Some big businesses are not happy about being forced to pay the new national living wage. Wetherspoons, Next and Whitbread (owners of Costa Coffee and Premier Inn) have all attacked the rebranded minimum wage. They say paying the new £7.20 an hour minimum will hit their profits.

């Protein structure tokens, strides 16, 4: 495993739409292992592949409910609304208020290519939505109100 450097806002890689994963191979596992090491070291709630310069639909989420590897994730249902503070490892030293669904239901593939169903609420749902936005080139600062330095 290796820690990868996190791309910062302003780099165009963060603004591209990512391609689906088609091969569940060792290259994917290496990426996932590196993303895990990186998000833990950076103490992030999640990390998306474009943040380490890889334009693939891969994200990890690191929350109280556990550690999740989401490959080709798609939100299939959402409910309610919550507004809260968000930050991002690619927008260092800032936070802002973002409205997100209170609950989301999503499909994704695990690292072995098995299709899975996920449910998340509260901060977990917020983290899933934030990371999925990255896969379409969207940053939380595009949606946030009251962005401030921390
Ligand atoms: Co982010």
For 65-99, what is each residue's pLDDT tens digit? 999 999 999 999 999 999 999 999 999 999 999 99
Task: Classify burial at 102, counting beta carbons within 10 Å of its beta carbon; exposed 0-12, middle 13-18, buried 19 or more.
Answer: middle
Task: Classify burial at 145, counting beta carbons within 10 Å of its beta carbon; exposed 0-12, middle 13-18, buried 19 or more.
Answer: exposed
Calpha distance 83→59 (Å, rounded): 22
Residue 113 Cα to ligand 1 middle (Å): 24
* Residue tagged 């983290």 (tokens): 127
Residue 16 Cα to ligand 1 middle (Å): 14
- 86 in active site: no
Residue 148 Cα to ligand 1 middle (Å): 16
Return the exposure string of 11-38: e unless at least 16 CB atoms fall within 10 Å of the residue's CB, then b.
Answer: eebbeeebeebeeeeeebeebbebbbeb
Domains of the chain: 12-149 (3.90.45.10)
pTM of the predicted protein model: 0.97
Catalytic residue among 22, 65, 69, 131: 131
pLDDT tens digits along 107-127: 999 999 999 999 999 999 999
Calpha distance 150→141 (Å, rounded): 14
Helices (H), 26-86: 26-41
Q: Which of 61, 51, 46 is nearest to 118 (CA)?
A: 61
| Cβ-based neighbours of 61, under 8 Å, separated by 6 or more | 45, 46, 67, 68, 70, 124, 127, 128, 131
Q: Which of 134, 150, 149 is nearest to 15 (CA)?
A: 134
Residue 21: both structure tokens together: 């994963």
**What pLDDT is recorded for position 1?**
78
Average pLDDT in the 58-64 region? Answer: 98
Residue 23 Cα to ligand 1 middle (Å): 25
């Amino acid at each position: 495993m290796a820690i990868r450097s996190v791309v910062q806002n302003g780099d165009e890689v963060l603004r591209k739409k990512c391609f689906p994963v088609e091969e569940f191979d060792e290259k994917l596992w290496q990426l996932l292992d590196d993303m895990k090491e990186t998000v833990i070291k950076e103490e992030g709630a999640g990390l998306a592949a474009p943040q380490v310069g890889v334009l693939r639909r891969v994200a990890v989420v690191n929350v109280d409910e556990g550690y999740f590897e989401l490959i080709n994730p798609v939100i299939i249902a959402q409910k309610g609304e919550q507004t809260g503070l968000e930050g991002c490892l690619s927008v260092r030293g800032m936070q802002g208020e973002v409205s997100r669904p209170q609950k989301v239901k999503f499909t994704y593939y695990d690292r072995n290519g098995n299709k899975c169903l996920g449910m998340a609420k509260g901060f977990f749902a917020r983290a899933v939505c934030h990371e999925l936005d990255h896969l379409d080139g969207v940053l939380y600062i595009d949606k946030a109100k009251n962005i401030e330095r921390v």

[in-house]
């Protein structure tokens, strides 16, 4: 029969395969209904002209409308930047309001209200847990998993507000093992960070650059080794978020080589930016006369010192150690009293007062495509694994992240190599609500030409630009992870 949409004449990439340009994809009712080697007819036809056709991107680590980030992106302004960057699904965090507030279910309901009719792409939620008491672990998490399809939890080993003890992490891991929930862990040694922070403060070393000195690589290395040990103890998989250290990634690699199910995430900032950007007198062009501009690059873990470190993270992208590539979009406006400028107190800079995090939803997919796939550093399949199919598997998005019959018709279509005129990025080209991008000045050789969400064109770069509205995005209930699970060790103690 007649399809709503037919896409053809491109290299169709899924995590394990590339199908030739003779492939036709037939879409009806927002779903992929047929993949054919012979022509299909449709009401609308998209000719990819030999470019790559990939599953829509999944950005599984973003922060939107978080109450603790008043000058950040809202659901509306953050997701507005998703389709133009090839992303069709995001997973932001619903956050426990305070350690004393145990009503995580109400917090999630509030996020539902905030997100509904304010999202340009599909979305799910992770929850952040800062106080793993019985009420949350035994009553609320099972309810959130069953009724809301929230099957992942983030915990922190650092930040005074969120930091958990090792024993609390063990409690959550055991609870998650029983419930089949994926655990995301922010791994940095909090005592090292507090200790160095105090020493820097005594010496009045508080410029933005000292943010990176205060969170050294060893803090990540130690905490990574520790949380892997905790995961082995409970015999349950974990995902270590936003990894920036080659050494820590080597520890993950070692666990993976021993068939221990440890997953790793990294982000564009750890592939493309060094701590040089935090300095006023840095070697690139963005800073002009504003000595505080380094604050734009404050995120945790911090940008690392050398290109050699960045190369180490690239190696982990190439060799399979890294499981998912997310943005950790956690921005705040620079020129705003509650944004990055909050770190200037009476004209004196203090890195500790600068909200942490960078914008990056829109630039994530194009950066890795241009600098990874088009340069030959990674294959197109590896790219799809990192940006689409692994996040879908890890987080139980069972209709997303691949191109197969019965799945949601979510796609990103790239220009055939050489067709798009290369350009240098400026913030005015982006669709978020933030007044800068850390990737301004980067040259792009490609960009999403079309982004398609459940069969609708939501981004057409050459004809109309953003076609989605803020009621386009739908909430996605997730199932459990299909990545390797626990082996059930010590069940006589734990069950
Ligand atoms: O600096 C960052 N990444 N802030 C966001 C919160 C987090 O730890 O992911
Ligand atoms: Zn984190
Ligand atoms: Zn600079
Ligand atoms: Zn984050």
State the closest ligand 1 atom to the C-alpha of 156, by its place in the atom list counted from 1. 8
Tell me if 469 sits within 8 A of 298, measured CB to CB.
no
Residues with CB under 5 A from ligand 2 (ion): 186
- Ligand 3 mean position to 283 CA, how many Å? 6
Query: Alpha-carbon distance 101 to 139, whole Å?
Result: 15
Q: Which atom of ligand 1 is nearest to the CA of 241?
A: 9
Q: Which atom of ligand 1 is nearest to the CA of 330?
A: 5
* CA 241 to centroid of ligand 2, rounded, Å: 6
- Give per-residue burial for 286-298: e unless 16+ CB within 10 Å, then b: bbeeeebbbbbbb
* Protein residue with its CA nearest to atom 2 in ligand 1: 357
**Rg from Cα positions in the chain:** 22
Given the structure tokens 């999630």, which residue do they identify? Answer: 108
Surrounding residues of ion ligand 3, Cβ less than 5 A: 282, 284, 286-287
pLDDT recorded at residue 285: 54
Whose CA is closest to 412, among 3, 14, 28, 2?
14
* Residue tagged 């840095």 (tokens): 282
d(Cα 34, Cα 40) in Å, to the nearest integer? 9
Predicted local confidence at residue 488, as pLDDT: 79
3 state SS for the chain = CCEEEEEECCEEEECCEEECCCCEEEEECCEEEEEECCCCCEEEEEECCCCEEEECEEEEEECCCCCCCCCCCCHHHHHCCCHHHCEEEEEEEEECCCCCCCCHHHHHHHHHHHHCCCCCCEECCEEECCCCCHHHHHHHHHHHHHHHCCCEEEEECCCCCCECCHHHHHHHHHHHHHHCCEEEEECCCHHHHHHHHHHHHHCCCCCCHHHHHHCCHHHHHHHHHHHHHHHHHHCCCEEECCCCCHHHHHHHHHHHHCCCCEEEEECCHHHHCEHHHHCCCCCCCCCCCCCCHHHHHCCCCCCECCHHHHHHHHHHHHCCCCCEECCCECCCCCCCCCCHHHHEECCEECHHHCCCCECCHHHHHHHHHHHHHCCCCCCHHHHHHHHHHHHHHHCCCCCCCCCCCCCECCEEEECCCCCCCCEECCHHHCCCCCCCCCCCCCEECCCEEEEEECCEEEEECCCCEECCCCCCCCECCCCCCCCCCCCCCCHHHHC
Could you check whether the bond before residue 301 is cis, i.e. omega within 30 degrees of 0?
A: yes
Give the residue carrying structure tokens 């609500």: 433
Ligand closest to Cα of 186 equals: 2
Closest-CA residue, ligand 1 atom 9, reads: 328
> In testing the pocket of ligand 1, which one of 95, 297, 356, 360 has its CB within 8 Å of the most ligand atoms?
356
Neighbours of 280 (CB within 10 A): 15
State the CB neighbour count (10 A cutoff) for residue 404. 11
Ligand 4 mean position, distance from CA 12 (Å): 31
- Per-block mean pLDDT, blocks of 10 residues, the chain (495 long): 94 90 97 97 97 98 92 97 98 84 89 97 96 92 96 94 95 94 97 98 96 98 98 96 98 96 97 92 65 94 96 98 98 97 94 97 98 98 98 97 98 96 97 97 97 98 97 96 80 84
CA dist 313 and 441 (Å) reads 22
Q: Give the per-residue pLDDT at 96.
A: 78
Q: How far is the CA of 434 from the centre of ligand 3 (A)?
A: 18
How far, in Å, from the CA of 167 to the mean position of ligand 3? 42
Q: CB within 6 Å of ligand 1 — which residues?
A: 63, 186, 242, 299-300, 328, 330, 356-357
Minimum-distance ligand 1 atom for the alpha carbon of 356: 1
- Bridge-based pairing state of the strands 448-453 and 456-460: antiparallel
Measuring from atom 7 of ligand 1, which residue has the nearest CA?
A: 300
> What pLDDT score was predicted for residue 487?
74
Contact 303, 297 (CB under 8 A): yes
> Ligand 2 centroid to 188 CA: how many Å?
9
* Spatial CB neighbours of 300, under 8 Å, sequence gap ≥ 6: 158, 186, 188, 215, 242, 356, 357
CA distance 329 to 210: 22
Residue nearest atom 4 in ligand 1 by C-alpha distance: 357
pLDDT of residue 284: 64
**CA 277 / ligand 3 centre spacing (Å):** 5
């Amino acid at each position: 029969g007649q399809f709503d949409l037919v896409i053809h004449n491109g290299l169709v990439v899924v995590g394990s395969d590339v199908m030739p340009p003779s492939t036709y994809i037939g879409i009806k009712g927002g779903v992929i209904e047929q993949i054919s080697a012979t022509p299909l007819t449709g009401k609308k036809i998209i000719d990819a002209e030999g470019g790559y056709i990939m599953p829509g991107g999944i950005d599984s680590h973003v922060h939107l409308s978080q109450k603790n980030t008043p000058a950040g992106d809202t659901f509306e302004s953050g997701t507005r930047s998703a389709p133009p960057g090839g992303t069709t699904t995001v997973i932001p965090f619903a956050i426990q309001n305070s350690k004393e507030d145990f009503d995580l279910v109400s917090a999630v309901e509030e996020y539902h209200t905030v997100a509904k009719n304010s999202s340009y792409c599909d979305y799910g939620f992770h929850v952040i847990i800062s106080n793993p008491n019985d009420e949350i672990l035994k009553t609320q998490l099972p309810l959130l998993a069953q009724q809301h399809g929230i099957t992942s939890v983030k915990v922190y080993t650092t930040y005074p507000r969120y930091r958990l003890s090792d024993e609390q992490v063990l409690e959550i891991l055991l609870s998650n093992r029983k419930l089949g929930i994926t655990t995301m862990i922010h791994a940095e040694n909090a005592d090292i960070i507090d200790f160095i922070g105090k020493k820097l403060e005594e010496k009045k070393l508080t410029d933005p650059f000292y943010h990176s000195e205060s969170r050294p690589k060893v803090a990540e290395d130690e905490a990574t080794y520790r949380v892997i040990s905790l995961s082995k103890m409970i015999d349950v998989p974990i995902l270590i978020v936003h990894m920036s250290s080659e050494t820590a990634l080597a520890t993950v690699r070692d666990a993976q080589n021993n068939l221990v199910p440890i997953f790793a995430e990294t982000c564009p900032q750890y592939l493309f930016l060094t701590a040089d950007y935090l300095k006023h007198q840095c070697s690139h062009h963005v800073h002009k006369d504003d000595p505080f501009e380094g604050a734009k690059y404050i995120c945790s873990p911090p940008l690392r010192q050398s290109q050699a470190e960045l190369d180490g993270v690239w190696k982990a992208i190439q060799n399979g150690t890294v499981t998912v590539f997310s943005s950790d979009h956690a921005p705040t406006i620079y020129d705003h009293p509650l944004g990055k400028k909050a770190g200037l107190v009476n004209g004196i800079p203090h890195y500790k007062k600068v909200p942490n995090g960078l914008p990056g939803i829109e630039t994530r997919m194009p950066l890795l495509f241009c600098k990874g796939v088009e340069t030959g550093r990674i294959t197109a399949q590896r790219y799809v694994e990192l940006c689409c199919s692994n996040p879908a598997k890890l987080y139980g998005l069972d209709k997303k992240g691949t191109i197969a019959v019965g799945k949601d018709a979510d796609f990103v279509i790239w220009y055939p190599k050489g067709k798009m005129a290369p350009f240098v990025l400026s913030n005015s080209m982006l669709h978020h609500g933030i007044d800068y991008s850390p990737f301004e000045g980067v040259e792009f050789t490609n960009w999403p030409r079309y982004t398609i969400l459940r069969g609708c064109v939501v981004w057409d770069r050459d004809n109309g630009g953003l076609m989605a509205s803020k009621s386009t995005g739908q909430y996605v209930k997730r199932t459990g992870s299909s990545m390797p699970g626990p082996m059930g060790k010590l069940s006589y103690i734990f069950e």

Workers have previously had to have meagre wages topped up by taxpayers with family credits and housing benefits.
Pat Harrington, general secretary of Solidarity, said: "Our Union supports a higher minimum wage. Why should the public purse subsidise private companies through family credits and housing benefit payments to low-paid workers?"